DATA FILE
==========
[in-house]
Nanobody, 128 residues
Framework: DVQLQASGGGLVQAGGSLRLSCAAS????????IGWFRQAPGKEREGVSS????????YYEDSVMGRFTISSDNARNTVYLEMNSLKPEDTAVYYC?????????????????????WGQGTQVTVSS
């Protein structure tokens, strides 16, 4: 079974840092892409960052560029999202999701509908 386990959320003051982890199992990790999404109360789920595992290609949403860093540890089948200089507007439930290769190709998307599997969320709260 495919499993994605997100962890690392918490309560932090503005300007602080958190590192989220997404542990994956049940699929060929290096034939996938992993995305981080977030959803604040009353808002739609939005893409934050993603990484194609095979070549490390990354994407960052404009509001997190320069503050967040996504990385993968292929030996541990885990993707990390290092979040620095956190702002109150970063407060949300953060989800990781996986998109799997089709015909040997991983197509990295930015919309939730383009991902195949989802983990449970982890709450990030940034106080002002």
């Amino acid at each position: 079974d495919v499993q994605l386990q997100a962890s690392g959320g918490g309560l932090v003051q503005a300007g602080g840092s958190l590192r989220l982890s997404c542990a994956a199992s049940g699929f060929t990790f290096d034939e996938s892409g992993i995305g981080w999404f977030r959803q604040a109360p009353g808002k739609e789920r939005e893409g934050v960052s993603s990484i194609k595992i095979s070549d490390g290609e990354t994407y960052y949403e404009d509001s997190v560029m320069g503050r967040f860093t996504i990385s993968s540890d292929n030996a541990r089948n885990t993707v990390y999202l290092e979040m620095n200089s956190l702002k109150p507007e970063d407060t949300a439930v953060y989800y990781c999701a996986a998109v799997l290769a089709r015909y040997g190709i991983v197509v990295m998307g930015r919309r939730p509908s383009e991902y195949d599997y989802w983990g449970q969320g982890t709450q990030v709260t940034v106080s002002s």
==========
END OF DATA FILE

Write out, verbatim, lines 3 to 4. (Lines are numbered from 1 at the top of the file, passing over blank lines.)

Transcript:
Framework: DVQLQASGGGLVQAGGSLRLSCAAS????????IGWFRQAPGKEREGVSS????????YYEDSVMGRFTISSDNARNTVYLEMNSLKPEDTAVYYC?????????????????????WGQGTQVTVSS
């Protein structure tokens, strides 16, 4: 079974840092892409960052560029999202999701509908 386990959320003051982890199992990790999404109360789920595992290609949403860093540890089948200089507007439930290769190709998307599997969320709260 495919499993994605997100962890690392918490309560932090503005300007602080958190590192989220997404542990994956049940699929060929290096034939996938992993995305981080977030959803604040009353808002739609939005893409934050993603990484194609095979070549490390990354994407960052404009509001997190320069503050967040996504990385993968292929030996541990885990993707990390290092979040620095956190702002109150970063407060949300953060989800990781996986998109799997089709015909040997991983197509990295930015919309939730383009991902195949989802983990449970982890709450990030940034106080002002």